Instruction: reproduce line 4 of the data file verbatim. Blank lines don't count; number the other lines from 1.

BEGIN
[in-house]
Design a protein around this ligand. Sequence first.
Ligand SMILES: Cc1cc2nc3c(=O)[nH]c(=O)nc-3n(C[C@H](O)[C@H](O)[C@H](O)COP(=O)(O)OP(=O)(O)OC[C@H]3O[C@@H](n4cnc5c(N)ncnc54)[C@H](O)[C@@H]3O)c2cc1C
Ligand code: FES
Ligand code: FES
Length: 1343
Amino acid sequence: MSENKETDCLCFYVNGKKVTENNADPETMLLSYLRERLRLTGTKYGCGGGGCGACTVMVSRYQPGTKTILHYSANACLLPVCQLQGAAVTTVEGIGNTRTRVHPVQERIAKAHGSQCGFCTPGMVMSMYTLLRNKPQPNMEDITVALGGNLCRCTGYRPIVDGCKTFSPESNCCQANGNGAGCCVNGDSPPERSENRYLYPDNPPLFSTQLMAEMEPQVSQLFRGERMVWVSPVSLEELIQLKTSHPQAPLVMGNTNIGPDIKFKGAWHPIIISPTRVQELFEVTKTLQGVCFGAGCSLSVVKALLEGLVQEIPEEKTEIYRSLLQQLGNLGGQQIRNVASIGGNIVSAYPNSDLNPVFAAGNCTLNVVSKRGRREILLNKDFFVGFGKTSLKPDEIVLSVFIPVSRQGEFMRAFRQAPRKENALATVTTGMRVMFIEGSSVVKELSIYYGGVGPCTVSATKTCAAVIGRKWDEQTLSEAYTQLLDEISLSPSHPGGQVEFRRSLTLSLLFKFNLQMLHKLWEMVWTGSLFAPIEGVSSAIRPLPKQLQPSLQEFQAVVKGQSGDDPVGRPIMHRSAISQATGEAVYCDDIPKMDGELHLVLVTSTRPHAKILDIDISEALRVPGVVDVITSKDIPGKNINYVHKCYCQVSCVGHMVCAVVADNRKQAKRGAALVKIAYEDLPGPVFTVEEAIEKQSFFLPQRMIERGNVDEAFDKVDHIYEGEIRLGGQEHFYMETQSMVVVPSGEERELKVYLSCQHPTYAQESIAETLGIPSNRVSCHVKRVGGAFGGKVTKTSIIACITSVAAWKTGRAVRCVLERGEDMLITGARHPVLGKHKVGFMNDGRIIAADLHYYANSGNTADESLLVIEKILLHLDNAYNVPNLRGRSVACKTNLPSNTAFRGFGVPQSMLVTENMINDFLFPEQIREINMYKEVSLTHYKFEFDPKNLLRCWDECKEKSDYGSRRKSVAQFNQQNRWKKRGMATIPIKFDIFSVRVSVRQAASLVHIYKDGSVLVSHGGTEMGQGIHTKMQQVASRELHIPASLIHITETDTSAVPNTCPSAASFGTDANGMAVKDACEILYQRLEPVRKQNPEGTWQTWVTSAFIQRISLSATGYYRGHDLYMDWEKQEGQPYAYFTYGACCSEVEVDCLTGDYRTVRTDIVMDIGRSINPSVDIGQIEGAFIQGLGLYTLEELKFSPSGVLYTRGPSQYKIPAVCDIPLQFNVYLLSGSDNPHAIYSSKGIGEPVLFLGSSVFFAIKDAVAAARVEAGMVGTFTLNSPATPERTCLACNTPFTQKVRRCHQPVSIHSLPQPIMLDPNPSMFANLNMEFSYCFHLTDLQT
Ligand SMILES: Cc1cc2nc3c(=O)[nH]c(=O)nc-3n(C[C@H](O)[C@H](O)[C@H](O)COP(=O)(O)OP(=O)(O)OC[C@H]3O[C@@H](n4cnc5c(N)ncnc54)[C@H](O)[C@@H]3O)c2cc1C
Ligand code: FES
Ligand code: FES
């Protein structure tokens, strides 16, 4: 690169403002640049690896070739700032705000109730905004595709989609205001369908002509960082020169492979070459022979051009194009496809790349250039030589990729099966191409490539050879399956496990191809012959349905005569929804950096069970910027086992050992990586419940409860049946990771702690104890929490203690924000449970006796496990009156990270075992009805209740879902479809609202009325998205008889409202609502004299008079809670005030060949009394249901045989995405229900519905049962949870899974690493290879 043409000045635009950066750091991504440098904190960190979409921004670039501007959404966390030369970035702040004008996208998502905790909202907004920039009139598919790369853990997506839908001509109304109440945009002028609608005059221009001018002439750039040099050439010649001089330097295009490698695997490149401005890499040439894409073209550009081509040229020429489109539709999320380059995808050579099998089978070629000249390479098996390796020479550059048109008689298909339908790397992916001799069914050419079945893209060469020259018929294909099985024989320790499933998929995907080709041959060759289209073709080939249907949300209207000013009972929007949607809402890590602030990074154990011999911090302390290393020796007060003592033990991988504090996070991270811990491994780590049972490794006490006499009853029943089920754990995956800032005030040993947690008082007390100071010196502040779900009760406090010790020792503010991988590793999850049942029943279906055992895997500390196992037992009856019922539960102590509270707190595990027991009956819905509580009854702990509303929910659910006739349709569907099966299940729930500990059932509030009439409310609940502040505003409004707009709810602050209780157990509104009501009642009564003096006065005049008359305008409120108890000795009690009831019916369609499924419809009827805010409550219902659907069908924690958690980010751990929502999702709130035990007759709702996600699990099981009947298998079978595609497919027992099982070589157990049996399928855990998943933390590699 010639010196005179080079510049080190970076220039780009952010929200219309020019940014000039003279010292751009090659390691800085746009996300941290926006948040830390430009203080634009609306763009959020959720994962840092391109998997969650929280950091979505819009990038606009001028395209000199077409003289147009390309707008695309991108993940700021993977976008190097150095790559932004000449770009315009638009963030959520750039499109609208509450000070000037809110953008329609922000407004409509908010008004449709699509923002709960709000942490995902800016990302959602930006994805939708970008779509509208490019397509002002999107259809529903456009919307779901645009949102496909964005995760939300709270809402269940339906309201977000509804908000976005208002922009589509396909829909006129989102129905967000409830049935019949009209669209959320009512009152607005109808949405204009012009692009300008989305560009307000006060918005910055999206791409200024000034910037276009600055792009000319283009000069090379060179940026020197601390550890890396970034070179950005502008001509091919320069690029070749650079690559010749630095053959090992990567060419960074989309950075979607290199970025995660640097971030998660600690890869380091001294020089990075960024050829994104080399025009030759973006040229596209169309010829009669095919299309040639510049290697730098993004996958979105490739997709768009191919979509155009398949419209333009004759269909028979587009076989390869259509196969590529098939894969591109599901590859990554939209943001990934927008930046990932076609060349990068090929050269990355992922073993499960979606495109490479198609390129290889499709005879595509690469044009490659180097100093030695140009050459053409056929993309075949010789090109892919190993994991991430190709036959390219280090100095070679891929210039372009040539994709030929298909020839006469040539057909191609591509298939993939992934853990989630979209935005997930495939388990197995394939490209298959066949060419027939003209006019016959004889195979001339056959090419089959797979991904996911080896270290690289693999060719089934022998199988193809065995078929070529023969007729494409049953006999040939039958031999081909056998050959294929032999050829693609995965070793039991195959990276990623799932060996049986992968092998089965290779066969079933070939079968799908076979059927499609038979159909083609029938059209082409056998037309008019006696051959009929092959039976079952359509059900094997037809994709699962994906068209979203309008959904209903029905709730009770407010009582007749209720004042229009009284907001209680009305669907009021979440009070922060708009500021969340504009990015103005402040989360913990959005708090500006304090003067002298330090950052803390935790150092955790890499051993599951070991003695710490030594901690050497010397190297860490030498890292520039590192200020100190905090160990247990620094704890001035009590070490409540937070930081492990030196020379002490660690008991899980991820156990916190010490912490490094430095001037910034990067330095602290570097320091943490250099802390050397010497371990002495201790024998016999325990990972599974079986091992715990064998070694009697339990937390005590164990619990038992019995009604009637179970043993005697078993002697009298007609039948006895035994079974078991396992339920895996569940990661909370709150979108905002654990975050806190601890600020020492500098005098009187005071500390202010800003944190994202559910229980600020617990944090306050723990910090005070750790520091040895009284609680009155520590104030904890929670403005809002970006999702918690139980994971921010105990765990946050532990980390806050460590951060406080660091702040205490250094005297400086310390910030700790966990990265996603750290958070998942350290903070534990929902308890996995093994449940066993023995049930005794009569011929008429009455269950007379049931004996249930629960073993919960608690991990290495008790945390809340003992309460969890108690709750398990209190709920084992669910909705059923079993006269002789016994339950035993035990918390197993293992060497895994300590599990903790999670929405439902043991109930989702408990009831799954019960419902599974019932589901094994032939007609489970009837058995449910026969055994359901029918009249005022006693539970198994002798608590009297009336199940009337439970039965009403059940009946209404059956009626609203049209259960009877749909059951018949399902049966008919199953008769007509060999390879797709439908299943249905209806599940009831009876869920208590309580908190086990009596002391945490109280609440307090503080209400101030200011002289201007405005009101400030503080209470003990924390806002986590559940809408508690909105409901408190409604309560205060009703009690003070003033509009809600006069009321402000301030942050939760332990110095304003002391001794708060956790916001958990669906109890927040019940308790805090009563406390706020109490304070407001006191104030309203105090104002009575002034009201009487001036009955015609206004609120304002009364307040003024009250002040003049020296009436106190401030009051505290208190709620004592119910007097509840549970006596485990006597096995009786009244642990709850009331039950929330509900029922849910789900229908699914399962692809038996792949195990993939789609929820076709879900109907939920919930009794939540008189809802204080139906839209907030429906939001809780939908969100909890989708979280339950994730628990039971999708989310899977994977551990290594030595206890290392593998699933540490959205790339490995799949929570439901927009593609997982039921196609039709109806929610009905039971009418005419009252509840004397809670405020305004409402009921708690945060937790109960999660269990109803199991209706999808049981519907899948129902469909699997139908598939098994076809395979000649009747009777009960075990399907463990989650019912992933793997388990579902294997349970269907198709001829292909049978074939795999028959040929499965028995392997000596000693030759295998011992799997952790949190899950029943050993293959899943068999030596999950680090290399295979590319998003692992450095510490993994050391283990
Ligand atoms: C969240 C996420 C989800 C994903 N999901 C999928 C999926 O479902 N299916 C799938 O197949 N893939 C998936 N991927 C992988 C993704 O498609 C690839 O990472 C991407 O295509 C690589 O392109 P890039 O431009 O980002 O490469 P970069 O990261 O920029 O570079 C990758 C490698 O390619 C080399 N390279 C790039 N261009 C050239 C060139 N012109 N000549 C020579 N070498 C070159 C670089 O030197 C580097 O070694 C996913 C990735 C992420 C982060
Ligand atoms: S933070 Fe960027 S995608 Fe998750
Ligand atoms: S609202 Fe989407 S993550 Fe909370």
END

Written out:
Ligand code: FES